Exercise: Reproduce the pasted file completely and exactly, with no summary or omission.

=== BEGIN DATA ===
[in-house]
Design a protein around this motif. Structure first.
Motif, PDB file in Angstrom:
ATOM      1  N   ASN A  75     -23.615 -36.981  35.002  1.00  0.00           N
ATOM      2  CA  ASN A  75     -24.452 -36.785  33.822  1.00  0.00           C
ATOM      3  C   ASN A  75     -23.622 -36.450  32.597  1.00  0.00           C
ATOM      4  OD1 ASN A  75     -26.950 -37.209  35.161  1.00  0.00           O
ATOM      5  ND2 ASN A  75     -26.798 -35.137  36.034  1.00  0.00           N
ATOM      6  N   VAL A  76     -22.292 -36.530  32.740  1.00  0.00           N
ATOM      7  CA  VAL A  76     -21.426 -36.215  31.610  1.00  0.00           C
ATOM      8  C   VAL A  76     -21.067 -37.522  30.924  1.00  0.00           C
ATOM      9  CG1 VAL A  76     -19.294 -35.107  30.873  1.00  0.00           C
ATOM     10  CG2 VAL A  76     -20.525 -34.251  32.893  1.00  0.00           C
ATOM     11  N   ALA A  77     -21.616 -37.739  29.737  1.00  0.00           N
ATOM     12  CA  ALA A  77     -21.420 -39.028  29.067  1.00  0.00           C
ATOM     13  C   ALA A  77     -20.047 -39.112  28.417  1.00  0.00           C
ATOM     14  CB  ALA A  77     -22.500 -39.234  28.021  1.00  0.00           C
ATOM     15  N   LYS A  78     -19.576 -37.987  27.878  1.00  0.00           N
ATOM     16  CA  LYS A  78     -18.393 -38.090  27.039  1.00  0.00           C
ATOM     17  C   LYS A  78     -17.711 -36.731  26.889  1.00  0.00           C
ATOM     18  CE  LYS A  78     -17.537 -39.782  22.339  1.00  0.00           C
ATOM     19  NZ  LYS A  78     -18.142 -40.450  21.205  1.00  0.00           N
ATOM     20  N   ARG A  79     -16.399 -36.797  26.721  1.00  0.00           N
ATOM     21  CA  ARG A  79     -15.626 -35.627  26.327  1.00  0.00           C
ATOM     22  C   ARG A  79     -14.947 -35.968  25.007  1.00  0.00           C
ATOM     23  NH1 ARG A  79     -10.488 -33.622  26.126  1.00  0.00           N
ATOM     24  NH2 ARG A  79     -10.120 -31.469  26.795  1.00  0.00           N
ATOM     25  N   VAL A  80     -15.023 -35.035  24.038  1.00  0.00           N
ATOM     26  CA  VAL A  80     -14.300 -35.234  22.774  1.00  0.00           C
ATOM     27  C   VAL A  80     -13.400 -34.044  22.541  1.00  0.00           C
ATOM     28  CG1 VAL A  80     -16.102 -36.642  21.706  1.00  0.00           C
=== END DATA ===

[in-house]
Design a protein around this motif. Structure first.
Motif, PDB file in Angstrom:
ATOM      1  N   ASN A  75     -23.615 -36.981  35.002  1.00  0.00           N
ATOM      2  CA  ASN A  75     -24.452 -36.785  33.822  1.00  0.00           C
ATOM      3  C   ASN A  75     -23.622 -36.450  32.597  1.00  0.00           C
ATOM      4  OD1 ASN A  75     -26.950 -37.209  35.161  1.00  0.00           O
ATOM      5  ND2 ASN A  75     -26.798 -35.137  36.034  1.00  0.00           N
ATOM      6  N   VAL A  76     -22.292 -36.530  32.740  1.00  0.00           N
ATOM      7  CA  VAL A  76     -21.426 -36.215  31.610  1.00  0.00           C
ATOM      8  C   VAL A  76     -21.067 -37.522  30.924  1.00  0.00           C
ATOM      9  CG1 VAL A  76     -19.294 -35.107  30.873  1.00  0.00           C
ATOM     10  CG2 VAL A  76     -20.525 -34.251  32.893  1.00  0.00           C
ATOM     11  N   ALA A  77     -21.616 -37.739  29.737  1.00  0.00           N
ATOM     12  CA  ALA A  77     -21.420 -39.028  29.067  1.00  0.00           C
ATOM     13  C   ALA A  77     -20.047 -39.112  28.417  1.00  0.00           C
ATOM     14  CB  ALA A  77     -22.500 -39.234  28.021  1.00  0.00           C
ATOM     15  N   LYS A  78     -19.576 -37.987  27.878  1.00  0.00           N
ATOM     16  CA  LYS A  78     -18.393 -38.090  27.039  1.00  0.00           C
ATOM     17  C   LYS A  78     -17.711 -36.731  26.889  1.00  0.00           C
ATOM     18  CE  LYS A  78     -17.537 -39.782  22.339  1.00  0.00           C
ATOM     19  NZ  LYS A  78     -18.142 -40.450  21.205  1.00  0.00           N
ATOM     20  N   ARG A  79     -16.399 -36.797  26.721  1.00  0.00           N
ATOM     21  CA  ARG A  79     -15.626 -35.627  26.327  1.00  0.00           C
ATOM     22  C   ARG A  79     -14.947 -35.968  25.007  1.00  0.00           C
ATOM     23  NH1 ARG A  79     -10.488 -33.622  26.126  1.00  0.00           N
ATOM     24  NH2 ARG A  79     -10.120 -31.469  26.795  1.00  0.00           N
ATOM     25  N   VAL A  80     -15.023 -35.035  24.038  1.00  0.00           N
ATOM     26  CA  VAL A  80     -14.300 -35.234  22.774  1.00  0.00           C
ATOM     27  C   VAL A  80     -13.400 -34.044  22.541  1.00  0.00           C
ATOM     28  CG1 VAL A  80     -16.102 -36.642  21.706  1.00  0.00           C